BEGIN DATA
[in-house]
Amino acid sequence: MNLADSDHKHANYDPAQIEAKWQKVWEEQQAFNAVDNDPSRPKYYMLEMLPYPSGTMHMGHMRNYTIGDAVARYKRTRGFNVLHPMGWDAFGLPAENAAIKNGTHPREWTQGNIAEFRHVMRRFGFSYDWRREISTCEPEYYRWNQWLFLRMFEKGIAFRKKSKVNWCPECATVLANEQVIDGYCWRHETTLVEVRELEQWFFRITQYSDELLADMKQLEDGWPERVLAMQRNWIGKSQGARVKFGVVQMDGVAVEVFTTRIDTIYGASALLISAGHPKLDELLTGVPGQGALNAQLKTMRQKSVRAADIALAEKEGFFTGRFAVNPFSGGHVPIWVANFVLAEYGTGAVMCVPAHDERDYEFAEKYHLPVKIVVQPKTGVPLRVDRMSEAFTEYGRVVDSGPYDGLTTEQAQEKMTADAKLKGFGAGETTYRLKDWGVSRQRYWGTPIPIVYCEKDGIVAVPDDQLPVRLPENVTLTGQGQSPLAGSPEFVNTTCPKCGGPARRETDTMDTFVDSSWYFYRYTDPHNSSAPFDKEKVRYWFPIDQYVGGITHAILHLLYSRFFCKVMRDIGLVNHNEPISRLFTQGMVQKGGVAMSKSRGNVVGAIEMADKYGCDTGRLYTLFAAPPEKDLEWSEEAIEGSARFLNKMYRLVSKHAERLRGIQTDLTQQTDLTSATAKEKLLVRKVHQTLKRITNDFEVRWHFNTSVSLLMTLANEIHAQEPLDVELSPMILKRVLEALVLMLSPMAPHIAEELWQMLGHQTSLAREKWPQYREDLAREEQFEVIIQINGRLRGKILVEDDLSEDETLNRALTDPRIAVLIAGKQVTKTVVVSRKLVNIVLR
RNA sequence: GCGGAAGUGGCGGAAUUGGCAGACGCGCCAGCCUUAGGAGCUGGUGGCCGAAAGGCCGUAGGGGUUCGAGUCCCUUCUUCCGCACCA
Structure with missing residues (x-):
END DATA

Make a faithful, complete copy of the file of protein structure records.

[in-house]
Amino acid sequence: MNLADSDHKHANYDPAQIEAKWQKVWEEQQAFNAVDNDPSRPKYYMLEMLPYPSGTMHMGHMRNYTIGDAVARYKRTRGFNVLHPMGWDAFGLPAENAAIKNGTHPREWTQGNIAEFRHVMRRFGFSYDWRREISTCEPEYYRWNQWLFLRMFEKGIAFRKKSKVNWCPECATVLANEQVIDGYCWRHETTLVEVRELEQWFFRITQYSDELLADMKQLEDGWPERVLAMQRNWIGKSQGARVKFGVVQMDGVAVEVFTTRIDTIYGASALLISAGHPKLDELLTGVPGQGALNAQLKTMRQKSVRAADIALAEKEGFFTGRFAVNPFSGGHVPIWVANFVLAEYGTGAVMCVPAHDERDYEFAEKYHLPVKIVVQPKTGVPLRVDRMSEAFTEYGRVVDSGPYDGLTTEQAQEKMTADAKLKGFGAGETTYRLKDWGVSRQRYWGTPIPIVYCEKDGIVAVPDDQLPVRLPENVTLTGQGQSPLAGSPEFVNTTCPKCGGPARRETDTMDTFVDSSWYFYRYTDPHNSSAPFDKEKVRYWFPIDQYVGGITHAILHLLYSRFFCKVMRDIGLVNHNEPISRLFTQGMVQKGGVAMSKSRGNVVGAIEMADKYGCDTGRLYTLFAAPPEKDLEWSEEAIEGSARFLNKMYRLVSKHAERLRGIQTDLTQQTDLTSATAKEKLLVRKVHQTLKRITNDFEVRWHFNTSVSLLMTLANEIHAQEPLDVELSPMILKRVLEALVLMLSPMAPHIAEELWQMLGHQTSLAREKWPQYREDLAREEQFEVIIQINGRLRGKILVEDDLSEDETLNRALTDPRIAVLIAGKQVTKTVVVSRKLVNIVLR
RNA sequence: GCGGAAGUGGCGGAAUUGGCAGACGCGCCAGCCUUAGGAGCUGGUGGCCGAAAGGCCGUAGGGGUUCGAGUCCCUUCUUCCGCACCA
Structure with missing residues (x-):